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The Moving Picture Show

These guys should meet. The other day we talked about Ceva’s MM3000 cell-phone processor (Feb 16, “Viddy This, O My Brothers”). This week we’ve got an equally interesting device from startup company Movidius that makes handheld video even cooler. Brace yourselves for Myriad, the video-editing deck in your hand.

In some ways, the two companies are related, so it’s not surprising they would approach the same market. Ireland-based Movidius is staffed, in part, with exiles from Parthus, the company that eventually became the Irish/Israeli firm Ceva. Apart from their shared accents, though, the two companies and their chips are very different.

For starters, Ceva licenses IP cores while Movidius makes real chips. They call it Myriad, probably because it can do countless different things. To an engineer, Myriad is a massively parallel, superscalar, 8-way VLIW machine. To a cell phone user, it’s a way-cool method to capture, edit, and massage high-definition video taken with your cell-phone camera.

Myriad is designed to be a coprocessor, an add-on to an existing cell-phone design that works alongside the phone’s main processor (or processors), handling video-related tasks. That makes Myriad fairly simple to integrate because it doesn’t require a complete overhaul of the cell phone design or a rethink of its hardware architecture. Assuming handset makers can find room for the chip’s modest 8×8-millimeter footprint, they’re mostly home free.

Once it’s in and integrated, the Myriad chip takes over image-capture, -editing, -viewing, and –sharing tasks. On the capture side, Myriad can do real-time image stabilization and zoom (by ignoring outer pixels and oversampling the inner ones), reduce noise in low light conditions, and even do a kind of hyper-speed 120 frames/sec capture that makes for slow-motion playback.

Once the video is captured, the chip can clean up audio and video artifacts. Users can edit the video, join or split clips, add transitions, fool around with color effects, and generally play micro auteur. All this is done directly by the Myriad chip, with no help or interference from the cell phone’s main processor. The handset maker “merely” adds a user interface to Myriad’s features and lets the chip do all the heavy lifting. For Android or other open operating systems, that’s a pretty straightforward task.

Under the Hood

Inside, Movidius’s Myriad is as complex as its outside is simple. The chip is sort of like a miniature Cell processor, with eight identical VLIW processors overseen by a ninth master processor. In the case of Myriad, the eight VLIW cores are Movidius’s own design: a 128-bit VLIW machine that handles both integer and floating-point data. All eight are geared toward the kind of SIMD vector operations that are typical of video processing. Each individual core can handle one to eight parallel operations, for a total of 64 operations across all the cores. Altogether, the chip delivers 20 GFLOPS, according to the company.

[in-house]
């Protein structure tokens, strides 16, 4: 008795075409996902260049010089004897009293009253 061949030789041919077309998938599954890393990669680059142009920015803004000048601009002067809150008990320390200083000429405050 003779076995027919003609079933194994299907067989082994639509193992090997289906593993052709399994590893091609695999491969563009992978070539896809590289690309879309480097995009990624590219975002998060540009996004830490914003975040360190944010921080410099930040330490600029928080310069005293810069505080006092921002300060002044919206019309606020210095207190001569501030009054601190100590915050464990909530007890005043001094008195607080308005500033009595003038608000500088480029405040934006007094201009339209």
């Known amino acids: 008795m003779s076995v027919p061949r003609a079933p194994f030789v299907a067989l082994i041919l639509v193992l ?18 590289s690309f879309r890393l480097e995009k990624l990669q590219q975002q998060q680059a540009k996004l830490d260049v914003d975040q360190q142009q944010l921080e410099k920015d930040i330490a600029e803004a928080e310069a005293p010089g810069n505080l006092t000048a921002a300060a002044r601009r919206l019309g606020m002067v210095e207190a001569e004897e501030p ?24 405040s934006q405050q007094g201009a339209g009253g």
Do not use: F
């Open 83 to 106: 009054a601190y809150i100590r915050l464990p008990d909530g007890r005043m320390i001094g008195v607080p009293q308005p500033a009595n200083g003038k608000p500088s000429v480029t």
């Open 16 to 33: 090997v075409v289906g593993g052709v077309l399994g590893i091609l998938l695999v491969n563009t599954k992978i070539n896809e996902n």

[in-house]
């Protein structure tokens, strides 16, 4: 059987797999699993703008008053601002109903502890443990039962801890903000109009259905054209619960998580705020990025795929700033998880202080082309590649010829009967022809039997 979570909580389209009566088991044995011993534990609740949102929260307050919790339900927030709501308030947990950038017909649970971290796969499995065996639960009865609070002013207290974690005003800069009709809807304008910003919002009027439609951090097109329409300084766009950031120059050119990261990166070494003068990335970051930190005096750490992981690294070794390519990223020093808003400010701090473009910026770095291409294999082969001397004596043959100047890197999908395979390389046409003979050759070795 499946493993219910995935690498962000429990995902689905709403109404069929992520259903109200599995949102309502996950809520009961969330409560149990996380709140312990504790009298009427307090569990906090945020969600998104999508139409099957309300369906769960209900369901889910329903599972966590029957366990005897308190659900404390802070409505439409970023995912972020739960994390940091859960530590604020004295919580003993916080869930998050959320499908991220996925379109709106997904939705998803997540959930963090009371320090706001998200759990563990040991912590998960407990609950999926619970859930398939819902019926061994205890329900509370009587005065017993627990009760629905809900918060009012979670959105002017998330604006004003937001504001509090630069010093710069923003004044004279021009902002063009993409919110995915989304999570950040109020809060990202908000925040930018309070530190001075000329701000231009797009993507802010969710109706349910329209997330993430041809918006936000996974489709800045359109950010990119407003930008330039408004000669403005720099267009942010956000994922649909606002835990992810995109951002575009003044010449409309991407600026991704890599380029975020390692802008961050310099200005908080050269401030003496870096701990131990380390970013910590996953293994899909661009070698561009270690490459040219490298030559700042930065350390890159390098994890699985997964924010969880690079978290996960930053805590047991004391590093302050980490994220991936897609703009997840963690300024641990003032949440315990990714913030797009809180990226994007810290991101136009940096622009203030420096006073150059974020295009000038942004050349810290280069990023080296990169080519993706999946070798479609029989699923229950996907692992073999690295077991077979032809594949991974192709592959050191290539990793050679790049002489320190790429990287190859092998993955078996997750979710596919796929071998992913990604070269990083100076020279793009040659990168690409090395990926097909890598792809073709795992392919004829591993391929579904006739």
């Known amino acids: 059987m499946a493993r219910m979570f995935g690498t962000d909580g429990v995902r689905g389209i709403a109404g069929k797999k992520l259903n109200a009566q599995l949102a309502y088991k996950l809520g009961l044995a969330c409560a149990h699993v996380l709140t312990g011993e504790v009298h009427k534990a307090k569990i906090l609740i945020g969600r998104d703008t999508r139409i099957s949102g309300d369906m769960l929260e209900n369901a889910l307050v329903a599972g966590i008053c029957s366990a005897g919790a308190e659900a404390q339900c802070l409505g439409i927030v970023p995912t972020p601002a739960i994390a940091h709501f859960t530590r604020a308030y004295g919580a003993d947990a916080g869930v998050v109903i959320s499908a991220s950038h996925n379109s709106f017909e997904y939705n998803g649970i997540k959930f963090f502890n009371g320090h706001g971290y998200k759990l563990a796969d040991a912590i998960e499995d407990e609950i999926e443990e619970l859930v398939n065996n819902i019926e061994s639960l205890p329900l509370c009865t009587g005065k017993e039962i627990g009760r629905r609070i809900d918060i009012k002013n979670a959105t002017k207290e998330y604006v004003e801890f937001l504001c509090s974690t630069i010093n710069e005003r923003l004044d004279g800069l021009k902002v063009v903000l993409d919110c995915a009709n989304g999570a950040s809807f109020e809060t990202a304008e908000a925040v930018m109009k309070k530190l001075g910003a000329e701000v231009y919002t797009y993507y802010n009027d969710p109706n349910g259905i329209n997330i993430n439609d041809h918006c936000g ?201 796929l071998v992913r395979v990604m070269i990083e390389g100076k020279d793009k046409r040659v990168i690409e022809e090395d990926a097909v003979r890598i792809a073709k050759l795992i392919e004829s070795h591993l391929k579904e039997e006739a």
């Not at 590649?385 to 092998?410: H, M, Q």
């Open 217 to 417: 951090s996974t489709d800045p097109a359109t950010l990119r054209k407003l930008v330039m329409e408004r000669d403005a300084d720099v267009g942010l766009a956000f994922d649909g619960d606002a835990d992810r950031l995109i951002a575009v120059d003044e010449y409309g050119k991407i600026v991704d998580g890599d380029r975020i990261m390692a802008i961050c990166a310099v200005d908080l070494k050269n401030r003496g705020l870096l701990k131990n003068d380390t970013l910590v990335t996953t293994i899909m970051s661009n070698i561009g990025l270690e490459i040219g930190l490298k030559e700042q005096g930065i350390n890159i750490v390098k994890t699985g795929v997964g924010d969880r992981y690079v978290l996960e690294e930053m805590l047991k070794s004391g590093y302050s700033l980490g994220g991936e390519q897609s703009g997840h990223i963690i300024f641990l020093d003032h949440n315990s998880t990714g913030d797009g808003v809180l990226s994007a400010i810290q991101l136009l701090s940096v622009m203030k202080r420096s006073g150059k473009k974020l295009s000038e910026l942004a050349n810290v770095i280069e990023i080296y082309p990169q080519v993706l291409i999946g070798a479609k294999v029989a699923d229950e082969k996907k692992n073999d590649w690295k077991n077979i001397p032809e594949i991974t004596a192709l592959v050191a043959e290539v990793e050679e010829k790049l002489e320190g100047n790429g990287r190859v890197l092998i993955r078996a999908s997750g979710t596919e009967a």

Typically, all 64 operations would be the same, but not necessarily. Relatively lightweight tasks (like processing JPEG still images) might use only one or two of the eight VLIW processors while the others sleep to save power.

The ninth processor is unlike the others; it’s a SPARC knock-off that distributes tasks among its eight minions and oversees the chip’s many peripherals. Camera and LCD interfaces, memory controller, serial interfaces, and more make up the chip’s connections to the outside world.

As far as clock speed, Movidius is a bit shy about mentioning numbers except to say that it’s “a couple hundred” MHz. That’s pretty slow by modern CPU standards, but that’s partly the point. The chip is so wide (in terms of data path) that it can broadside a lot of video data at once without resorting to power-sapping clock frequencies. It’s currently fabricated in TSMC’s 65-nm process, which also doesn’t push the envelope.

Programming this beast must be a chore, but we’ll never know because Movidius does all of that in-house. The Myriad chip is provided with one of two software libraries (your choice) and a written API specification that tells you how to call functions from your host operating system. Apart from that, the magic all happens behind the curtain. Myriad is the proverbial black box.

The first chips are sampling now, with production coming around Q3 and end-user products in early 2011. Movidius offers the chip with two different software loadouts, depending on whether you want HD video or standard definition, and whether or not the image sensor is connected directly to the Myriad chip. Future versions will support two image sensors for 3D image capture, at which point the processing – and the applications – get a lot more complex and interesting. Because the differences are all in software, Movidius could add, remove, or tweak features over time to keep up with customer requests, market changes, or just basic feature creep. The hardware provides a base platform for the programmers to go nuts. And all without a lot of design work from the handset maker. Check out the spiffy video at www.youtube.com/movidiuscorp.

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